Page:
Guns in Classrooms

Why Should Parents Know Anyway?

Guns in classrooms, without parents' knowledge? It's already law in Utah.

Ed Shulz (I will be on tonight, by the way, around 8:20, I'm told) had a Utah schoolteacher on last night explaning why, after Newtown, she wanted to have a gun in her classroom.

She seemed like a nice lady overall, so I'll not heap abuse on her. But her position was ludicrous, and it was painfully obvious at a certain point that she basically had no defense for the position she was espousing, which was that parents have no right to know whether there is a gun in their child's classroom. From the transcript:

SCHULTZ: So you don`t think a firearm in the classroom would putanyone at risk, that it would be a much safer environment?

CAIN: I -- I absolutely -- I wouldn`t consider carrying one if Ididn`t feel like I could do it safely.

SCHULTZ: But what if you had a parent who objected to it? Whatposition would that put you in?

CAIN: Well, in the state of Utah, a parent doesn`t have to know aboutit. Teachers can carry a firearm and nobody ever -- they`ve been doing itfor 12 years. I`ve found out more and more about teachers that do. Andemployee --

SCHULTZ: The teachers have had guns in schools for 12 years in Utah?

CAIN: Yes, yes. It`s been legal to do that for 12 years.

SCHULTZ: And parents haven`t known about it?

CAIN: Right. You don`t have to tell if you`re a concealed weaponholder.

SCHULTZ: Do you think parents have a right to know? For instance, ifmy child was in your classroom, do you think that I would have a right toknow that there is a firearm in that classroom?

CAIN: Well, if -- if somebody -- I personally would feel okay withany of the teachers, teachers I know, any teacher they`re I`ve ever met.They have the --

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SCHULTZ: But I`m talking about the parents.

CAIN: Right, right.

SCHULTZ: I want to focus. The parents are dropping their little kidsoff to a school, and they don`t know that there is a firearm in theclassroom. Do you think they have a right to know?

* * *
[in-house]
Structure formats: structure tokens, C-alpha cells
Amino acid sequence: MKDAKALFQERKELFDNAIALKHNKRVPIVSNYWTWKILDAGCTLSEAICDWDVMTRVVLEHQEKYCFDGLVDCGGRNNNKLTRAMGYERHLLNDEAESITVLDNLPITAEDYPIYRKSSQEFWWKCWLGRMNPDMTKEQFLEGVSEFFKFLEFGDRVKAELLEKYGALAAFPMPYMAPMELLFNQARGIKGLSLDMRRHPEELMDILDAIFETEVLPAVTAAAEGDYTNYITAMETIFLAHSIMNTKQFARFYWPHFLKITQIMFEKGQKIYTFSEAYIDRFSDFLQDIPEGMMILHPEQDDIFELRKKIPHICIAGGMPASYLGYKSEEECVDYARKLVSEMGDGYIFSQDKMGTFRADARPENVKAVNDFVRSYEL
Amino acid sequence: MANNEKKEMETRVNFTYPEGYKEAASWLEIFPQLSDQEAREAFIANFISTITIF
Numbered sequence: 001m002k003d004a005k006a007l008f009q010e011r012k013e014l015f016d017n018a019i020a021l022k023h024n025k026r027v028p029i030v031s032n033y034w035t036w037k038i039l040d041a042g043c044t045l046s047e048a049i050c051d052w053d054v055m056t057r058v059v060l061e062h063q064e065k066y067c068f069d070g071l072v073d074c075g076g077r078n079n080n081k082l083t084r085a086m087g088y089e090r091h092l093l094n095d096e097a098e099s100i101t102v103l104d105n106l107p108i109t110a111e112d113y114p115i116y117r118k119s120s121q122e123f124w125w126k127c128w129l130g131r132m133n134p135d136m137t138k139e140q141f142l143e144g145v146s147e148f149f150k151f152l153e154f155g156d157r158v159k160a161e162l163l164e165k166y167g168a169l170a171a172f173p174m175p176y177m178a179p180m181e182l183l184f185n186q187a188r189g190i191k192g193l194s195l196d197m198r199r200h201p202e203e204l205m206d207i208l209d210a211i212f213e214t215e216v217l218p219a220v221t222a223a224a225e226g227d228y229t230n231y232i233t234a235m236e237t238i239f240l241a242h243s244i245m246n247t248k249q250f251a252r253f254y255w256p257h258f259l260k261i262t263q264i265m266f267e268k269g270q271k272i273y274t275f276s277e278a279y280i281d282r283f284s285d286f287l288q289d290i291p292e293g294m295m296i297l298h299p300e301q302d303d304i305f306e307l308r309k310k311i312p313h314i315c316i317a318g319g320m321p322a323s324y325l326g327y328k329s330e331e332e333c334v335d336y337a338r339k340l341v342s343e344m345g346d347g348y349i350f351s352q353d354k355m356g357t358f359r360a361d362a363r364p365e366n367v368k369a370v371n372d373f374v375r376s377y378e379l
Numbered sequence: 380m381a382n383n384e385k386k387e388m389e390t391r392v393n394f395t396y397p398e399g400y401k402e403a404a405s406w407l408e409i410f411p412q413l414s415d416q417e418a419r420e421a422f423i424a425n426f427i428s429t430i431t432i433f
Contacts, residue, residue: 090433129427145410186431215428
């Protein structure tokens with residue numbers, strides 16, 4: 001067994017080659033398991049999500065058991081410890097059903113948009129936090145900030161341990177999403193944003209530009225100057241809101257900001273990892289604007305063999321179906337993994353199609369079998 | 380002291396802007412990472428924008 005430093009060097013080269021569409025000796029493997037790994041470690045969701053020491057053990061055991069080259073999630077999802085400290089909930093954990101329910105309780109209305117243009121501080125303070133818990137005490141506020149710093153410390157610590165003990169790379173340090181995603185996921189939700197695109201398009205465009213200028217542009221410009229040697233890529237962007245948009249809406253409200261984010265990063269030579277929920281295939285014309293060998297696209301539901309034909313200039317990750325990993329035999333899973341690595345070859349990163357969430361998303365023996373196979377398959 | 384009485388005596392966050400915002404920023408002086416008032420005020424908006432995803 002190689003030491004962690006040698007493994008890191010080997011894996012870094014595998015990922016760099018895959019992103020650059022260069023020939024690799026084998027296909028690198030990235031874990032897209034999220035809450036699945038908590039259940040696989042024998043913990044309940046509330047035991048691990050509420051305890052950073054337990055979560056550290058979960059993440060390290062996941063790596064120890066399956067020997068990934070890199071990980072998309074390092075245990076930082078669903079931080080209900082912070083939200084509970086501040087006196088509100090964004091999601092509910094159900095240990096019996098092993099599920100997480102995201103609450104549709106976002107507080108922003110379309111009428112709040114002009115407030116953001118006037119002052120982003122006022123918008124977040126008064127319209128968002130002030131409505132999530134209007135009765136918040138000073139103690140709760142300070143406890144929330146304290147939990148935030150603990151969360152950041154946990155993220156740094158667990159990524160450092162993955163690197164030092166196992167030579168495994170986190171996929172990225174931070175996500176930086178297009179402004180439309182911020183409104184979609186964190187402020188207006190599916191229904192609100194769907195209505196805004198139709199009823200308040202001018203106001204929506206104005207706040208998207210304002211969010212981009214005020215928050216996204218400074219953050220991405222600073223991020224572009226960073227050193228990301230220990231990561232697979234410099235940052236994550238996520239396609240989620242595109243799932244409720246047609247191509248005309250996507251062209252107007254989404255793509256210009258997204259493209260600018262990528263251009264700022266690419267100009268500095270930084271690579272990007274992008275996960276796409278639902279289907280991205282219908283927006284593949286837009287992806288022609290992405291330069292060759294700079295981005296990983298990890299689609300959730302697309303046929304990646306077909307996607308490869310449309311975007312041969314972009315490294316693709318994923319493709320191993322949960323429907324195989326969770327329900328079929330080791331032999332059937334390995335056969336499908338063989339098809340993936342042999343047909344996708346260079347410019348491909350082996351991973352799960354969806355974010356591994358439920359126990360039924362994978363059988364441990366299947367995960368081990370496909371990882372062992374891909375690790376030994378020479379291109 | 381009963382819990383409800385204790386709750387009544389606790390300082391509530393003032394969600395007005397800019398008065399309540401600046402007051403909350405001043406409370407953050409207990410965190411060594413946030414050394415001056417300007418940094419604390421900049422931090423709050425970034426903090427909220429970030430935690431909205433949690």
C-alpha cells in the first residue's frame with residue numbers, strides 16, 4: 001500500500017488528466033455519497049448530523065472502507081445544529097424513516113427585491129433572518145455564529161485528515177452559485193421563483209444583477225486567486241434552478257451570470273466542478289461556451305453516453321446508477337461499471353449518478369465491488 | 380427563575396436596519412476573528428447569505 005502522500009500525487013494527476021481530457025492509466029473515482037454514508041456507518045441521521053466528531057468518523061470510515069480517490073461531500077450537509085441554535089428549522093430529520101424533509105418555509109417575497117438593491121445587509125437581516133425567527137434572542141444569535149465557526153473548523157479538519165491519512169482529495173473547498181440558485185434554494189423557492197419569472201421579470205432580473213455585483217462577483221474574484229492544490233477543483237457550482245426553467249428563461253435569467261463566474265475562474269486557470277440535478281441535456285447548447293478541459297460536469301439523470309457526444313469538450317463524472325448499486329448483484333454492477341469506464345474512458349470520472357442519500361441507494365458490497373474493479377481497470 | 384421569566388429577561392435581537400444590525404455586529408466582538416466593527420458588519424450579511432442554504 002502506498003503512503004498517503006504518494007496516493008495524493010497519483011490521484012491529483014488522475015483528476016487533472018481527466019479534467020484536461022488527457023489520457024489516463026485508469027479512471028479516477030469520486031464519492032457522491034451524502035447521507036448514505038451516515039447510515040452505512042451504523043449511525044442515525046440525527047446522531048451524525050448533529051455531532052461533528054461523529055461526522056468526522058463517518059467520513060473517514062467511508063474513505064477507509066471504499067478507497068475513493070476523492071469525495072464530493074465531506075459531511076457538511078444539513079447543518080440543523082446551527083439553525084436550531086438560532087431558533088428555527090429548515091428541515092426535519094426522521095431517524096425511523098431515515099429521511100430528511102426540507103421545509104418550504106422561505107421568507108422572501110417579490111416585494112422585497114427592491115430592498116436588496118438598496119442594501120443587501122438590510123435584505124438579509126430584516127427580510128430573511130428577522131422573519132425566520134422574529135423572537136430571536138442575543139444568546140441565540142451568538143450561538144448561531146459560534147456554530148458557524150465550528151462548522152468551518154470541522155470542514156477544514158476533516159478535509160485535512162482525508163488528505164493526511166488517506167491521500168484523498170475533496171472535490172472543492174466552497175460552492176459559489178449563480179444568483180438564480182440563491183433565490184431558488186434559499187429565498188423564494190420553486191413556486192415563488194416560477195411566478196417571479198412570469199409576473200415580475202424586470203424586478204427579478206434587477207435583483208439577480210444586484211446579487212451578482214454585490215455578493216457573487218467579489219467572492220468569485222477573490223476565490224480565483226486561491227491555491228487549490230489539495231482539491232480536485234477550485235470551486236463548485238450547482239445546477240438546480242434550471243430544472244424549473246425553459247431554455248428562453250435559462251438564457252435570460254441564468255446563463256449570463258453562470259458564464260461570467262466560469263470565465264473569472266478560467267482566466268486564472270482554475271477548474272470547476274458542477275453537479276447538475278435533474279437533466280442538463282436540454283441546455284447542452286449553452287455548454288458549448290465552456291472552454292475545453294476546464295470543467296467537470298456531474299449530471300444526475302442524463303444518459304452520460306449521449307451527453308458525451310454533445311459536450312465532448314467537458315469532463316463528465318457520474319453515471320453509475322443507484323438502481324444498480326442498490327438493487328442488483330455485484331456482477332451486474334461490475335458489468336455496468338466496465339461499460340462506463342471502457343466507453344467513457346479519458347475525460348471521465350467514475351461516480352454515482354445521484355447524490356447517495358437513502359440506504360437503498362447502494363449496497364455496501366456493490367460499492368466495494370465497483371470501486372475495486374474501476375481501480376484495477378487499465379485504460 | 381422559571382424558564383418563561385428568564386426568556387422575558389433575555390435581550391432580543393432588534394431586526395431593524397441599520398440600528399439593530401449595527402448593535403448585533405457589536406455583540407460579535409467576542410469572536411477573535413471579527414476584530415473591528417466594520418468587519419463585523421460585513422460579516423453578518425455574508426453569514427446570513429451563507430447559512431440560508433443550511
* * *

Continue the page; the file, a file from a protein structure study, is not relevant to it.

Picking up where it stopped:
CAIN: Not necessarily. Not necessarily.


CAIN: Well, because I think that firearms -- what we do know is thatthe bad guys come in to schools. What we don`t know -- I mean, we`remaking lots of guesses about what could happen if. And those thingshaven`t happened.

The transcript doesn't convey how confused and defensive she sounded in that last answer. There was a huge long pause between "firearms" and "what."

Is she kidding? You're a parent. Your kid comes home one day and says, "Joey got in trouble today." Oh, how so? "Well, he was playing around with the teacher's gun." The teacher's WHAT?!?

Maybe this wouldn't shock down South. Or in Utah, I guess. Wouldn't go down so well in Montgomery County, I can assure you.

I wasn't harsh enough on Wayne LaPierre's ridiculous idea the day he announced it. True there might be occasional instances when a trained, Ninja schoolteacher could reach into her desk, unlock the vault or box where the firearm is kept, insert the clip, and come up blazing before the gunman had opened fire. But usually the teacher will be mowed down instantly. In other words, the same argument the pro-gun people always use about gun-control measures ("but that wouldn't have prevented X") can be used here.

In any case it's just a bad idea on principle--and a large majority of Americans agree, said this poll yesterday. Placing more guns around little children just is not something you want to do.